Which means for our asset as example:
  • The Ulcer Index over 5 years of iShares MSCI ACWI Index Fund is 7.34 , which is higher, thus worse compared to the benchmark SPY (5.82 ) in the same period.
  • Compared with SPY (6.87 ) in the period of the last 3 years, the Ulcer Index of 7.78 is greater, thus worse.

MaxDD:

'Maximum drawdown is defined as the peak-to-trough decline of an investment during a specific period. It is usually quoted as a percentage of the peak value. The maximum drawdown can be calculated based on absolute returns, in order to identify strategies that suffer less during market downturns, such as low-volatility strategies. However, the maximum drawdown can also be calculated based on returns relative to a benchmark index, for identifying strategies that show steady outperformance over time.'

Which means for our asset as example:
  • Looking at the maximum reduction from previous high of -33.5 days in the last 5 years of iShares MSCI ACWI Index Fund, we see it is relatively larger, thus better in comparison to the benchmark SPY (-33.7 days)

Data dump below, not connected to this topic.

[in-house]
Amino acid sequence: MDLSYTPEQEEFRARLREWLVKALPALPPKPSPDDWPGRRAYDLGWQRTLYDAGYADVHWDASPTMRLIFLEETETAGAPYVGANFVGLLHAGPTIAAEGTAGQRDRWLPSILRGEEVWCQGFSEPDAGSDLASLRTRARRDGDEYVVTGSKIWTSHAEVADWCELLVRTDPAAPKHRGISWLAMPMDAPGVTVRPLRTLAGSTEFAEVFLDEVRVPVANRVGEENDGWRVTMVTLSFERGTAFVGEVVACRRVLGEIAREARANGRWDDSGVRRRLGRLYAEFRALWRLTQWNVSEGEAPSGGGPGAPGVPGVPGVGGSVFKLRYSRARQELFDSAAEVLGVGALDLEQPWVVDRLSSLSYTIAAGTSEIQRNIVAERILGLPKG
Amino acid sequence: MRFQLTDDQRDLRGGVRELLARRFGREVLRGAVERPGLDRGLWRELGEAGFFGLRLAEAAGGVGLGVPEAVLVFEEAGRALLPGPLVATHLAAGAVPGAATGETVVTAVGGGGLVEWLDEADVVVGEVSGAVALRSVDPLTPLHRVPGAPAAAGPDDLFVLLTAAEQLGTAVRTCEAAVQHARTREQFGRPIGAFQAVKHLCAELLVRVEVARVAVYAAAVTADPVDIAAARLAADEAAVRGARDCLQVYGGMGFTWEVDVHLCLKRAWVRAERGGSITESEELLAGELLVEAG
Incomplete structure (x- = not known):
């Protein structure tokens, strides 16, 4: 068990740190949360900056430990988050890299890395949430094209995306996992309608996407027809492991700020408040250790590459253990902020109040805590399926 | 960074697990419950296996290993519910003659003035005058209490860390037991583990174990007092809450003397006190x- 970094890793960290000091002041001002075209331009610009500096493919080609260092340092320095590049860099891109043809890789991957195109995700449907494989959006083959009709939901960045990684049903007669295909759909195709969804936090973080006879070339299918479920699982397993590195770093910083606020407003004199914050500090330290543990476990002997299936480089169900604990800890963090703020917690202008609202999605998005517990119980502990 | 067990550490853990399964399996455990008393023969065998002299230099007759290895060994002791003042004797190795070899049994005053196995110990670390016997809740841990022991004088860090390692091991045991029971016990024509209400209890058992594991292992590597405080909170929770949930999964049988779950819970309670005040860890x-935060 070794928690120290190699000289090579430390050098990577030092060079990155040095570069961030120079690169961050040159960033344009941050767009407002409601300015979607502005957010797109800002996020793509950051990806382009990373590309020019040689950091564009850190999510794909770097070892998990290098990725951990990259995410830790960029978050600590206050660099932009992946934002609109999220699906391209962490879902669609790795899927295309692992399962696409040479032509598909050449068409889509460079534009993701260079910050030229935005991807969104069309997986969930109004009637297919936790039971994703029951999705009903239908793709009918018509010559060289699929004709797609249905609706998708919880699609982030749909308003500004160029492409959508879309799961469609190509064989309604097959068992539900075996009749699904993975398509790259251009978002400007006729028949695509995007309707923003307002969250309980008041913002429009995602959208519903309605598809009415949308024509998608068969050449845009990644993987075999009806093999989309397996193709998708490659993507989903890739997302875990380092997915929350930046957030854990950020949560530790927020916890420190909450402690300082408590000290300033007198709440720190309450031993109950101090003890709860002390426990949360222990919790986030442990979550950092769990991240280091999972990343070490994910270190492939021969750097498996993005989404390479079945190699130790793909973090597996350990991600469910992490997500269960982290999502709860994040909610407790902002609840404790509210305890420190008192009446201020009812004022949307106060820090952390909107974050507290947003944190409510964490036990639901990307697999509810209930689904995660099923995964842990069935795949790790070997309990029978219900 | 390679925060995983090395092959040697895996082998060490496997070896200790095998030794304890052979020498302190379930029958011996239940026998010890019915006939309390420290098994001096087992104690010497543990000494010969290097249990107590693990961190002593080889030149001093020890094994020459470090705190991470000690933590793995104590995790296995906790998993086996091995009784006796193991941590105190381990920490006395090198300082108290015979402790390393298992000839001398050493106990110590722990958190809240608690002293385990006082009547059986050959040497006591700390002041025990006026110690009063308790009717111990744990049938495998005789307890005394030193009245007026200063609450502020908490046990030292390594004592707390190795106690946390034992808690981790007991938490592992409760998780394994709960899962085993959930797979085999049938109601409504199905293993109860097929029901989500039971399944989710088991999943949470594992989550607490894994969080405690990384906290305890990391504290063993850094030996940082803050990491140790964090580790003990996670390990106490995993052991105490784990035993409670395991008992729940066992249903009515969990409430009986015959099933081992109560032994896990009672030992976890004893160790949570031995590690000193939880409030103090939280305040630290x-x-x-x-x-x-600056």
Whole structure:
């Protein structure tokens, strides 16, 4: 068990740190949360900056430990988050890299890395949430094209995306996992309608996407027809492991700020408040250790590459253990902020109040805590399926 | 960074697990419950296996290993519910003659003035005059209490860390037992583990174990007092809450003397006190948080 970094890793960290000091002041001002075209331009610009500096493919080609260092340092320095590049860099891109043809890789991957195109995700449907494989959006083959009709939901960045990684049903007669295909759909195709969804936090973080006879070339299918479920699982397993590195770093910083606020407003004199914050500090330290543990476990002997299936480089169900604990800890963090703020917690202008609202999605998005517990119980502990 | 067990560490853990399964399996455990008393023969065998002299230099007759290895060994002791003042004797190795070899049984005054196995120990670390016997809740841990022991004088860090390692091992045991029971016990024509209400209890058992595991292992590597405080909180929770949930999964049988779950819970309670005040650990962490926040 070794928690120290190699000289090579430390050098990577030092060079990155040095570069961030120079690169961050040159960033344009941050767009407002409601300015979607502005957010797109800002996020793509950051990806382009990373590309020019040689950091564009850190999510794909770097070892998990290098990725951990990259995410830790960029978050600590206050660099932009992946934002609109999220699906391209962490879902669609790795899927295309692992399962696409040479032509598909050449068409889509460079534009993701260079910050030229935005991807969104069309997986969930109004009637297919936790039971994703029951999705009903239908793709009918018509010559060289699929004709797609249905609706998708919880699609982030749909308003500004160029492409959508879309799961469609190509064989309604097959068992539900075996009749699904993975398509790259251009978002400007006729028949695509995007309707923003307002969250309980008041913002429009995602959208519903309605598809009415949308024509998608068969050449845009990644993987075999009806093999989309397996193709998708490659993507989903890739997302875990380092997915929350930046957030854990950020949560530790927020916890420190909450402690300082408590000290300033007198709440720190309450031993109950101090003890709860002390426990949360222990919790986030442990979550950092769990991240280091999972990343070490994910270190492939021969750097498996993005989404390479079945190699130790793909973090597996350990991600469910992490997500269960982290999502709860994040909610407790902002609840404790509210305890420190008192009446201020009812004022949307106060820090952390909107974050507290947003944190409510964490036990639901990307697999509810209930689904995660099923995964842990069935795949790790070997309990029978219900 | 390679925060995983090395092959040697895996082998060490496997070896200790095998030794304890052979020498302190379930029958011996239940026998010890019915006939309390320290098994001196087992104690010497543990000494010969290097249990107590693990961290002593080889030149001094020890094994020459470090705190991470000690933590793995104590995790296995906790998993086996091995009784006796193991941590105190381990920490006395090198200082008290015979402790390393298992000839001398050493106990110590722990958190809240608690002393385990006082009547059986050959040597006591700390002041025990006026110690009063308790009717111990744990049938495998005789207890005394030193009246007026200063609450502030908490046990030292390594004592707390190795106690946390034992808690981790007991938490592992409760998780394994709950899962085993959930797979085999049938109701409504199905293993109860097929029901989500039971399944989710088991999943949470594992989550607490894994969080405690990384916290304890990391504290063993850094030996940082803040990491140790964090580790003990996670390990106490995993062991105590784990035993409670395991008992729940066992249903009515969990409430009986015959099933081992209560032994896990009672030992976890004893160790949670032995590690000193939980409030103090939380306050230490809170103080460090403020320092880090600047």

• During the last 3 years, the maximum reduction from previous high is -33.5 days, which is higher, thus better than the value of -33.7 days from the benchmark.

MaxDuration:

'The Drawdown Duration is the length of any peak to peak period, or the time between new equity highs. The Max Drawdown Duration is the worst (the maximum/longest) amount of time an investment has seen between peaks (equity highs). Many assume Max DD Duration is the length of time between new highs during which the Max DD (magnitude) occurred. But that isn’t always the case. The Max DD duration is the longest time between peaks, period. So it could be the time when the program also had its biggest peak to valley loss (and usually is, because the program needs a long time to recover from the largest loss), but it doesn’t have to be'